US #6,207,191, Issued March 27, 2001. Multi-Stage Delivery System, John R. Crison and Gordon L. Amidon.
US #6,153,592, Issued Nov. 28, 2000, Enhancing the Bioavailability of Proteolytically Labile Therapeutic Agents, Gordon L. Amidon, Glen D. Leesman and Patrick J. Sinko.
US #6,048,551, Issued April 11, 2000, Microsphere Encapsulation of Gene Transfer Vectors, John M. Hilfinger, Beverly L. Davidson, Steven J. Beer, John Crison and Gordon L. Amidon.
US #5,993,858, Issued Nov. 30, 1999, Method and Formulation for Increasing the Bioavailability of Poorly Water-Soluble Drugs, John R. Crison and Gordon L. Amidon.
US #5,9’76,571, Issued Nov. 2, 1999, Method for Making a Multi-Stage Drug Delivery System, John R. Crison and Gordon L. Amidon.
US #5,851,275, Issued Dec. 22, 1998, Water Soluble Pharmaceutical Coating and Method for Producing Coated Pharmaceuticals, Gordon L. Amidon and John R. Crison.
US #5,834,022, Issued Nov. 10, 1998, Water Soluble Pharmaceutical Coating and Method for making, Gordon L. Amidon and John R. Crison.
US #5,686,133, Issued Nov. 11, 1997, Water Soluble Pharmaceutical Coating and Method for Producing Coated Pharmaceuticals, Gordon L. Amidon and John R. Crison.
US #5,674,530, Issued Oct. 7, 1997, Method for Making a Multi-Stage Drug Delivery System, Gordon L. Amidon and John R. Crison.
US #5,569,452, Issued Oct. 29, 1996, Pharmaceutical Formulation Having Enhanced Bile Acid Binding Affinity, Gordon L. Amidon, Lizbeth B. Sherman, John R. Crison.
U.S. Patent #5,455,286, Issued October 1995; Bioactive Composition; Gordon L. Amidon, Ramachandran Chandrasekharan and Aruther Goldberg.
US #5,387,421, Issued Feb. 7, 1995, Multi Stage Drug Delivery System, Gordon L. Amidon, ,Glen D. Leesman and Lizbeth Sherman.
US #5,229,131, Issued Jul. 20, 1993, Pulsatile Drug Delivery System, Gordon L. Amidon and Glen D. Leesman.
US #5,221,698, Issued June 22, 1993, Bioactive Composition, Gordon L. Amidon, Ramachandran Chandrasekharan and Arthur Goldberg.
US #4,976,949, Issued Dec 11, 1990, Controlled release Dosage Form, James Meyer, Gordon L. Amidon and Jennifer B. Dressman.
U.S. Patent #4,685,918, Issued August 11, 1987; Lipid Osmotic Pump; Gordon L. Amidon, Takeru Higuchi and Jennifer B. Dressman.
TEACHING University of Wisconsin (1971-1981) Professional Program Courses Pharmaceutics I: Introduction to the Physical and Chemical Properties of Drug and Drug Product
Introduced biochemical energetics and environmental impact of clorofloro hydrocarbons into the core thermodynamic and equilibrium curriculum.
Preservation and Stabilization of Pharmaceuticals: Chemical Stability
Introduced easy to calculate estimation procedures for shelf-life calculations as well as FDA regulatory standards for expiration dating of pharmaceuticals. This course lead to the publication of the book “The Chemical Stability of Pharmaceuticals: A Handbook for Pharmacists”, now in it’s second edition and still widely used by industrial and regulatory scientists through out the world. (K.A. Connors, G.L. Amidon and V.J. Stella, Eds., The Chemical Stability of Pharmaceuticals, 2nd Ed., John Wiley & Sons, Inc., NY (1986).
Graduate Courses Modeling and Data Treatment: Linear and Nonlinear Regression Analysis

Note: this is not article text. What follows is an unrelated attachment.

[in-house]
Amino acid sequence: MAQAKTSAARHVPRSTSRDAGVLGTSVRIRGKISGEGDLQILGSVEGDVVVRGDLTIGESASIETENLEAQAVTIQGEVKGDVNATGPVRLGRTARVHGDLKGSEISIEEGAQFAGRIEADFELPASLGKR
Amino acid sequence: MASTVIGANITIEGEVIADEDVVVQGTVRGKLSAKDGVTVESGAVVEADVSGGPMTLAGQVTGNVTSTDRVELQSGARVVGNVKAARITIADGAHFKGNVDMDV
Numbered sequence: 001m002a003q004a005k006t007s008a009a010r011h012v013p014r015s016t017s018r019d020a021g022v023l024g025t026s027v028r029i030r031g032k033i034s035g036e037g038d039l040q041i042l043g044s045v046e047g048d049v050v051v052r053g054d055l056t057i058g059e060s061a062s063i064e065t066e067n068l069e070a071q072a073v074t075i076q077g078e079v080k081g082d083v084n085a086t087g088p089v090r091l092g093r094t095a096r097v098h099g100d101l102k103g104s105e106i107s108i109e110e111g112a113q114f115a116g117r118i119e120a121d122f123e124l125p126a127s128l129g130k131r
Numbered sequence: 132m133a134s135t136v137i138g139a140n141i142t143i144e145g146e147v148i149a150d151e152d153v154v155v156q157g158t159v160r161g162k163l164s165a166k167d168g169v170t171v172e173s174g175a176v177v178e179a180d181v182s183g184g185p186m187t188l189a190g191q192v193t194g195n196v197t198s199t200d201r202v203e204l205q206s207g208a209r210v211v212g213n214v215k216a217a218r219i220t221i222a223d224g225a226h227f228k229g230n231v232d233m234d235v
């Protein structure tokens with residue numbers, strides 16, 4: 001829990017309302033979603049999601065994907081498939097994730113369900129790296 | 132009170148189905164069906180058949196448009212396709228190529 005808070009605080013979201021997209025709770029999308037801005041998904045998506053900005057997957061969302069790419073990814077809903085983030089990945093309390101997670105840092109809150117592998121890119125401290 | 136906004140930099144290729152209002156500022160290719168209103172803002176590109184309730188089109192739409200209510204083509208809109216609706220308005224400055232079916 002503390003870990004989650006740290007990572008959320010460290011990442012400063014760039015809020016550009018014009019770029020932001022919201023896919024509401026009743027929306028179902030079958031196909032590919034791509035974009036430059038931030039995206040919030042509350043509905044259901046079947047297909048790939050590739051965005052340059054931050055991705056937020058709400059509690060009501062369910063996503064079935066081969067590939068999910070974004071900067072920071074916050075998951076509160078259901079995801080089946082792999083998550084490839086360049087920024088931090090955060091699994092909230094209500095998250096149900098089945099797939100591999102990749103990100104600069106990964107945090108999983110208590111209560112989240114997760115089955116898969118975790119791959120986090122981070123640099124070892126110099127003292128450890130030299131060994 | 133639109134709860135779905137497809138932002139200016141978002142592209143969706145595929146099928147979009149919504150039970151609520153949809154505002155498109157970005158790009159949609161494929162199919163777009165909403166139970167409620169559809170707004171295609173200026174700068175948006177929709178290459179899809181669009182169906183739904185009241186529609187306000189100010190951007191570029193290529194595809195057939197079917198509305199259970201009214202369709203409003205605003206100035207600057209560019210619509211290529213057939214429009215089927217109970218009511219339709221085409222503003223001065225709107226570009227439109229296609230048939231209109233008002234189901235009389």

Introduced linear and nonlinear regression methods and developed time sharing programs focused on chemical kinetic and pharmacokinetic applications.
Sustained and Controlled Release
Taught diffusion and transport processes in matrix and reservoir, diffusional and osmotic oral controlled release systems. Introduced gastrointestinal processes influencing and controlling oral controlled release systems.
The Physical Chemistry of Solutions and Solubility Estimation
Introduced physical chemical estimation methods into the curriculum. Particular focus was on partition coefficient and solubility in aqueous and aqueous mixed co-solvent systems.
Theoretical Methods in Drug Research
Introduced the modern theoretical methods, quantum mechanical and non-bonded computational methods for analysis of enzyme-substrate and drug-receptor modeling.
The University of Michigan (1983-present) Professional Program Courses Pharmaceutics 332 - Introduction to Physical Pharmacy
Introduced food and dietary examples of energetics as well as biochemical
energetics and environmental impact of clorofloro hydrocarbons, from aerosols into the core thermodynamic and equilibrium curriculum.
Pharmaceutics 333 - Physical Pharmacy of Solution Dosage Forms
Introduced solubility estimation and co-solvent selection in formulation of
Pharmaceutics 434 - Physical Pharmacy and Biopharmaceutics II
Introduced principles of oral delivery including solubility-dissolution and permeability limited absorption, gastrointestinal physiology and nutrient processing and absorption mechanisms and carrier-mediated transport. Introduced FDA drug regulatory standards including the Biopharmaceutic Classification System (BCS) applicable to both NDA and ANDA (generic) drugs. Developed a computer based training (CBT) program for teaching fundamental biopharmaceutics concepts and methods of analysis.
(“Modern Biopharmaceutics” Version 6: TSRL Inc., 2003, http://www.tsrlinc.com ) Pharmaceutics 435/560 – Pharmacokinetics and Biopharmaceutics
Taught the basic pharmacokinetics principles and ADME of drugs. Introduced
mechanistic oral delivery system analysis into the course material in addition to the more common empirical system analysis.
Pharmaceutical Sciences 465 - Modern Biopharmaceutics & Pharmacogenomics